N2 - Objective: To assess the diaphragmatic motion in chronic obstructive pulmonary disease (COPD) patients during forced breathing by time-resolved quantitative analysis using dynamic chest radiography and to demonstrate the characteristics and the difference from that in normal subjects. Materials and methods: Thirty-one COPD patients and a matched control of 31 normal subjects on age, sex, height, and weight, who underwent chest radiographs during forced breathing using dynamic chest radiography, were included in this study. COPD patients were classified based on the criteria of the Global Initiative for Chronic Obstructive Lung Disease (GOLD) (GOLD 1, n = 3; GOLD 2, n = 12; GOLD 3, n = 13; GOLD 4, n = 3). We measured excursions and peak motion speeds of the diaphragms for each participant. We compared the results among GOLD 1/2, GOLD 3/4 groups and normal subjects and investigated associations between the data, and participants’ demographics, or pulmonary function. Results: The excursions of bilateral diaphragms were significantly decreased in the GOLD 3/4 group relative to normal subjects (right, 39.8 ± 15.3 mm vs. 52.7 ± 15.1 mm, P = 0.030; left, 43.7 ± 14.0 mm vs. 56.9 ± 15.5 mm, P = 0.017; mean ± standard deviation) and the GOLD 1/2 group (right, 39.8 ± 15.3 mm vs. 54.4 ± 16.7 mm, P = 0.036; left, 43.7 ± 14.0 mm vs. 60.5 ± 13.9 mm, P = 0.008). The peak motion speeds of the left diaphragm in the inspiratory phase were slower in the GOLD 1/2 group than in normal subjects (24.5 ± 8.0 mm/s vs. 33.6 ± 14.0 mm/s, P = 0.038), and in the GOLD 3/4 group than in normal subjects (25.6 ± 6.8 mm/s vs. 33.6 ± 14.0 mm/s, P = 0.067). The excursions of the diaphragms showed correlation with VC, %VC, and FEV 1 , while the peak motion speeds showed no significant correlation with pulmonary function tests. Conclusions: Time-resolved quantitative analysis of diaphragms with dynamic chest radiography indicated differences in diaphragmatic motion between COPD groups and normal subjects during forced breathing. The excursions of the diaphragms during forced breathing were significantly lower in the GOLD 3/4 group than those in the GOLD 1/2 group and normal subjects.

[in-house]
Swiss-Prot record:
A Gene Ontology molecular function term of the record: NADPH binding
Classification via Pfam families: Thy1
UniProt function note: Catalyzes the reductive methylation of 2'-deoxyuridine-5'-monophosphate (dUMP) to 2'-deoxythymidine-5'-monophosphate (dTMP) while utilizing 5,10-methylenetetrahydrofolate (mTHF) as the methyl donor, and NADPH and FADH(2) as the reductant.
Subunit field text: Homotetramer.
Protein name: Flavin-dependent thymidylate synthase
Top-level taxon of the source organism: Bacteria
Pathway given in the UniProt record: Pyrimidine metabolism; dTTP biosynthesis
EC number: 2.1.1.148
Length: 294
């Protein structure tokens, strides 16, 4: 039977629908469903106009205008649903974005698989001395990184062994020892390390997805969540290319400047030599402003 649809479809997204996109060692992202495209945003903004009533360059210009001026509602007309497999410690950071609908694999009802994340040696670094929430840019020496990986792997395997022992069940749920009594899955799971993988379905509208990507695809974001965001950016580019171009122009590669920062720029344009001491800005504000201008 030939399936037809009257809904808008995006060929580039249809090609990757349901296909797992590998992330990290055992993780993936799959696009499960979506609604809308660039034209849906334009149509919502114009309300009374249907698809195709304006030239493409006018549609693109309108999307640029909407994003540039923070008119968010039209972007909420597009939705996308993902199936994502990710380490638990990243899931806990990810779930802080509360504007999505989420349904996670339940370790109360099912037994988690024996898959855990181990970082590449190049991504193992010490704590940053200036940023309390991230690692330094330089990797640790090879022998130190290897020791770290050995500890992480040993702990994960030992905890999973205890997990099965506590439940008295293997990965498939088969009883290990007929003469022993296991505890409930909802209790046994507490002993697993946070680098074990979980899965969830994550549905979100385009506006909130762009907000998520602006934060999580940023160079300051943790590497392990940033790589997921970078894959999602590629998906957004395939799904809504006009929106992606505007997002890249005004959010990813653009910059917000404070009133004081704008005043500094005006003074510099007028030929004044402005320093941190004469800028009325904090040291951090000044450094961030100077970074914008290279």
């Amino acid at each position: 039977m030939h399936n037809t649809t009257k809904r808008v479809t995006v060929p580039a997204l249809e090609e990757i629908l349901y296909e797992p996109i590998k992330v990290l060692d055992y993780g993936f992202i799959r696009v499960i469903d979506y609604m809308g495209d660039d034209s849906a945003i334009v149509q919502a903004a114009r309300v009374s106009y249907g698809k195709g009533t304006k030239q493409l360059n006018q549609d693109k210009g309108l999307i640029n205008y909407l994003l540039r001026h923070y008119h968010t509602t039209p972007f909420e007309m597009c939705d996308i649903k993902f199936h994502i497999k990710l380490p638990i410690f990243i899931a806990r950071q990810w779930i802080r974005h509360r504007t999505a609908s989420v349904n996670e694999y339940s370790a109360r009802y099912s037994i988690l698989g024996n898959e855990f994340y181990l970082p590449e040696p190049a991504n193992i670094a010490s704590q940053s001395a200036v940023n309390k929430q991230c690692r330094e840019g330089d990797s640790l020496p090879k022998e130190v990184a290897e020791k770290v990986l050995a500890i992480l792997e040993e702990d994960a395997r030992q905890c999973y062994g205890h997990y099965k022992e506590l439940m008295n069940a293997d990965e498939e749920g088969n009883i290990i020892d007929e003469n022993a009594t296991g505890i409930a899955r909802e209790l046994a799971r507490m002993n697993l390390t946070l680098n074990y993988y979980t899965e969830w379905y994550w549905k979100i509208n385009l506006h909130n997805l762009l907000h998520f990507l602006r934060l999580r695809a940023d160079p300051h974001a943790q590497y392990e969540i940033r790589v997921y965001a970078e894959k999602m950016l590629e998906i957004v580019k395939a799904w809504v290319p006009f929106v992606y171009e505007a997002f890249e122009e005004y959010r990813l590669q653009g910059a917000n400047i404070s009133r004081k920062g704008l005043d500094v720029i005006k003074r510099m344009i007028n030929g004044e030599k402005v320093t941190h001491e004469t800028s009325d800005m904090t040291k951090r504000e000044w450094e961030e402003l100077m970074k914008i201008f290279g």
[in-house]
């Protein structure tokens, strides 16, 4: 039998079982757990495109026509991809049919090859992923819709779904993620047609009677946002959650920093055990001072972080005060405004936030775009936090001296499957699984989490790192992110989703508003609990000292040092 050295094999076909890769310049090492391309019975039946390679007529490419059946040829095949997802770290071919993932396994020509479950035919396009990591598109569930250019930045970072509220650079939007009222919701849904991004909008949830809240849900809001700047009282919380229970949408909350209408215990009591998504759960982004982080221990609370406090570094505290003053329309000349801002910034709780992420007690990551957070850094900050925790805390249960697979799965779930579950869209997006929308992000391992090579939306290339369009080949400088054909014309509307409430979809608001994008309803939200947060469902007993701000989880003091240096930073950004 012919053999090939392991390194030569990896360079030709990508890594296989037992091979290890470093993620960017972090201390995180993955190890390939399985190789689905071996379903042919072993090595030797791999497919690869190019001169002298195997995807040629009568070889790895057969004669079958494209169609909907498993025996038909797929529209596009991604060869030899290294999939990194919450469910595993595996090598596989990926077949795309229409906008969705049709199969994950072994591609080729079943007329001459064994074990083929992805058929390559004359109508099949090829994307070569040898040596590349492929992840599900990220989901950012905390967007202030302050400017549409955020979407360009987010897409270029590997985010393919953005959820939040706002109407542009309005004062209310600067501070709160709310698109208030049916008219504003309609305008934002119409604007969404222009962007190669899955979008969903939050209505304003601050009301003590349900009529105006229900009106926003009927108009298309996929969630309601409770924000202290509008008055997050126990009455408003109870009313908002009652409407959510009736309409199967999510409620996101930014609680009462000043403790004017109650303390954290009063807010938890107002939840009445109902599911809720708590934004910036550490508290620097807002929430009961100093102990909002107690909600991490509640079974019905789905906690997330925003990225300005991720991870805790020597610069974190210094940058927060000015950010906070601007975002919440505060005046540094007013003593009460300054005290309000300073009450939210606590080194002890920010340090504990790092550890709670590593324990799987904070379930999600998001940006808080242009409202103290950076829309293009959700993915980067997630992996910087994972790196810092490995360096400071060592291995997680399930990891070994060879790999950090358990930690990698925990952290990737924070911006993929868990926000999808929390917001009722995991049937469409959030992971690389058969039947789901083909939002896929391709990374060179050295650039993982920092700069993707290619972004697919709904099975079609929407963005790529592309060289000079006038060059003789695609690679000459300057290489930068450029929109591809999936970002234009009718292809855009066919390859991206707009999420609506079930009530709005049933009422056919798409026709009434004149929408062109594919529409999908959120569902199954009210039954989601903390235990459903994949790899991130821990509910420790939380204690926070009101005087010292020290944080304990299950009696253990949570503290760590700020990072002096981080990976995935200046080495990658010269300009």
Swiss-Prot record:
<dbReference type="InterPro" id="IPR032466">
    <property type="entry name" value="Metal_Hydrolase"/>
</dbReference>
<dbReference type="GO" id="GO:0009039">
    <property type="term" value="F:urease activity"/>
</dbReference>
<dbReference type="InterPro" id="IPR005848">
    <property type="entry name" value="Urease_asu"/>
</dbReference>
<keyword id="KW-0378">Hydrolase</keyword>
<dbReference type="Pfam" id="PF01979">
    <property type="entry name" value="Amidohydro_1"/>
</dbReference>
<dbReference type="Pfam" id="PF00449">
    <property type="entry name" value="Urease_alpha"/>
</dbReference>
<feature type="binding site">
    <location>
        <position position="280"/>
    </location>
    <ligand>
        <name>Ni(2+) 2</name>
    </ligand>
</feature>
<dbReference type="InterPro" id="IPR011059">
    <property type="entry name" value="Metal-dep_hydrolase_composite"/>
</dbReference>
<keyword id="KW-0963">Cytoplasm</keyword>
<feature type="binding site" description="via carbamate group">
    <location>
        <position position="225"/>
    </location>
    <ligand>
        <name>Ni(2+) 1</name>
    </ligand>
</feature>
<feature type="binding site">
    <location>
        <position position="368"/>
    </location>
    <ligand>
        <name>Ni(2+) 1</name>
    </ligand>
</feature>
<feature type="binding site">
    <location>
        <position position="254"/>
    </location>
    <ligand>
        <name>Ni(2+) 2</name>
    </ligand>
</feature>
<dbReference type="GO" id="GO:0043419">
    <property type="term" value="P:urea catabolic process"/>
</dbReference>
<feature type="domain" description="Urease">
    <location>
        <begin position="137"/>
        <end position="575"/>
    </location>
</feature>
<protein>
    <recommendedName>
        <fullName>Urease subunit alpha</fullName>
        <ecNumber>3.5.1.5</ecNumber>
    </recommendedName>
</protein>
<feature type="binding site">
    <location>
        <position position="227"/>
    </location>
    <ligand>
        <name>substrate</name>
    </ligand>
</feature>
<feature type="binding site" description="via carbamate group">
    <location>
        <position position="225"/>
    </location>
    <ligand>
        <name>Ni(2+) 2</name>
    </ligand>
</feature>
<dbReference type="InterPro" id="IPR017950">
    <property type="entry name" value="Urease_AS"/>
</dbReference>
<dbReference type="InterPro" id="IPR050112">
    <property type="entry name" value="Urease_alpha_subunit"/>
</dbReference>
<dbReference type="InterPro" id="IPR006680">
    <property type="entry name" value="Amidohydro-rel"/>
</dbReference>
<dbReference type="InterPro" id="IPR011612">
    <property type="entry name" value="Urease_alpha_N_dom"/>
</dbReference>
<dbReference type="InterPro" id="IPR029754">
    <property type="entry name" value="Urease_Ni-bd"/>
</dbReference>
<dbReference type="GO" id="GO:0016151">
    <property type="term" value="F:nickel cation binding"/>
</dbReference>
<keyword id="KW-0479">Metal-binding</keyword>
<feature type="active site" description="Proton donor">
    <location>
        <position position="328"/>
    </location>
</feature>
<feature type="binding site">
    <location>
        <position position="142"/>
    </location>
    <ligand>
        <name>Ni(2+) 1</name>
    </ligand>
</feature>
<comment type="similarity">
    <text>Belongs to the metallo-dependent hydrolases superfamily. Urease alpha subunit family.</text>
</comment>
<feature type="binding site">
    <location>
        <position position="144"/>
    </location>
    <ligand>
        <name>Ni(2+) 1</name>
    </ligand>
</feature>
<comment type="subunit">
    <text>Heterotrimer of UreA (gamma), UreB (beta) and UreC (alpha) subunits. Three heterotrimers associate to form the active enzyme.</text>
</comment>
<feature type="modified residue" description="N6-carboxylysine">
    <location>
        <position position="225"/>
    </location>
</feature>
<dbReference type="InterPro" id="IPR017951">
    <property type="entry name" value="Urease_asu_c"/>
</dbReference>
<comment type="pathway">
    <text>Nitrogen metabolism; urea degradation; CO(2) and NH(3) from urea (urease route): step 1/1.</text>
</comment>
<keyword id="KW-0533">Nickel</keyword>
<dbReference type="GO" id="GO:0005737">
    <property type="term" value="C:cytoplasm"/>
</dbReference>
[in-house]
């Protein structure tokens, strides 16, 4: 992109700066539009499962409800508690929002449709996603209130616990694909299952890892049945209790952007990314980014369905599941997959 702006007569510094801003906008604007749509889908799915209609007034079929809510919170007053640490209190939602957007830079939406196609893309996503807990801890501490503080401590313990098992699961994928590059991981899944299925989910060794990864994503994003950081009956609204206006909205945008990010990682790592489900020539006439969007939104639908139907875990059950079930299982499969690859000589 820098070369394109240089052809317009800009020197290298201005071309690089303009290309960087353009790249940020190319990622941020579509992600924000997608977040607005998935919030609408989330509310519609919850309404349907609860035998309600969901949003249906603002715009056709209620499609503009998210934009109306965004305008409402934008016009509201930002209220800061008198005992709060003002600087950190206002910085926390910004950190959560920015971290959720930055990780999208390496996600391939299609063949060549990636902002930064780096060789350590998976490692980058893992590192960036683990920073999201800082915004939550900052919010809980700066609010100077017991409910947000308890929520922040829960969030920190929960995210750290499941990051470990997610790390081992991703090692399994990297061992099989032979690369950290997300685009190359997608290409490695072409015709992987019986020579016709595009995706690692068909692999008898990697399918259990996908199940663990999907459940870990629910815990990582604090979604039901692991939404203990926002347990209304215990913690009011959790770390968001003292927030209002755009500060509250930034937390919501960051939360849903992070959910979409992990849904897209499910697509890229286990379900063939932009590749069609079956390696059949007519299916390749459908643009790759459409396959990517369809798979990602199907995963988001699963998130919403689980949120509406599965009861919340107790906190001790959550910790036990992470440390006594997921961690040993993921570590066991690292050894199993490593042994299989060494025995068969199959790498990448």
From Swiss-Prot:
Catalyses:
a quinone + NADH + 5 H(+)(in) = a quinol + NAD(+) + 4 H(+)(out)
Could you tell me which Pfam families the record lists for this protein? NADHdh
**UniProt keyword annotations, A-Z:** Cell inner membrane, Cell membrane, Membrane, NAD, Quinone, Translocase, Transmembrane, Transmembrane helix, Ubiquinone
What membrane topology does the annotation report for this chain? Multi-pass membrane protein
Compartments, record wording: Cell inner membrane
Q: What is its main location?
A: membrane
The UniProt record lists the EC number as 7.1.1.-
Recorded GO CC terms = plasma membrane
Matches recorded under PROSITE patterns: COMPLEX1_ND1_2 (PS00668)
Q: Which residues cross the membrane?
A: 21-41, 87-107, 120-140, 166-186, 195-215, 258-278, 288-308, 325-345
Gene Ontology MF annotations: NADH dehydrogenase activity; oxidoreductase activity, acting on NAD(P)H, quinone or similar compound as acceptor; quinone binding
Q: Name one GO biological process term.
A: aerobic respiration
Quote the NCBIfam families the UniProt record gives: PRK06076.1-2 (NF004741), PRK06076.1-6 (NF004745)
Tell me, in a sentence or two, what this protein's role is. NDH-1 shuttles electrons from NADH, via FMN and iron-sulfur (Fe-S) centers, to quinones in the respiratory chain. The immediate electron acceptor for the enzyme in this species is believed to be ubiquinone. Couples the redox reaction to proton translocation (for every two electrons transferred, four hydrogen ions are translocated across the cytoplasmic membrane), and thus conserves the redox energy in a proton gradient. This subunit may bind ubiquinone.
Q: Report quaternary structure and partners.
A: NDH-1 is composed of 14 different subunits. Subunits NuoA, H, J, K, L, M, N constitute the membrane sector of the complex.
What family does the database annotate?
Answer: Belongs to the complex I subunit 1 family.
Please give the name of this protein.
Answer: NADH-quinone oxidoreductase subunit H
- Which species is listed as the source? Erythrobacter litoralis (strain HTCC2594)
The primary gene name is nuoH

AB - Objective: To assess the diaphragmatic motion in chronic obstructive pulmonary disease (COPD) patients during forced breathing by time-resolved quantitative analysis using dynamic chest radiography and to demonstrate the characteristics and the difference from that in normal subjects. Materials and methods: Thirty-one COPD patients and a matched control of 31 normal subjects on age, sex, height, and weight, who underwent chest radiographs during forced breathing using dynamic chest radiography, were included in this study. COPD patients were classified based on the criteria of the Global Initiative for Chronic Obstructive Lung Disease (GOLD) (GOLD 1, n = 3; GOLD 2, n = 12; GOLD 3, n = 13; GOLD 4, n = 3). We measured excursions and peak motion speeds of the diaphragms for each participant. We compared the results among GOLD 1/2, GOLD 3/4 groups and normal subjects and investigated associations between the data, and participants’ demographics, or pulmonary function. Results: The excursions of bilateral diaphragms were significantly decreased in the GOLD 3/4 group relative to normal subjects (right, 39.8 ± 15.3 mm vs. 52.7 ± 15.1 mm, P = 0.030; left, 43.7 ± 14.0 mm vs. 56.9 ± 15.5 mm, P = 0.017; mean ± standard deviation) and the GOLD 1/2 group (right, 39.8 ± 15.3 mm vs. 54.4 ± 16.7 mm, P = 0.036; left, 43.7 ± 14.0 mm vs. 60.5 ± 13.9 mm, P = 0.008). The peak motion speeds of the left diaphragm in the inspiratory phase were slower in the GOLD 1/2 group than in normal subjects (24.5 ± 8.0 mm/s vs. 33.6 ± 14.0 mm/s, P = 0.038), and in the GOLD 3/4 group than in normal subjects (25.6 ± 6.8 mm/s vs. 33.6 ± 14.0 mm/s, P = 0.067). The excursions of the diaphragms showed correlation with VC, %VC, and FEV 1 , while the peak motion speeds showed no significant correlation with pulmonary function tests. Conclusions: Time-resolved quantitative analysis of diaphragms with dynamic chest radiography indicated differences in diaphragmatic motion between COPD groups and normal subjects during forced breathing. The excursions of the diaphragms during forced breathing were significantly lower in the GOLD 3/4 group than those in the GOLD 1/2 group and normal subjects.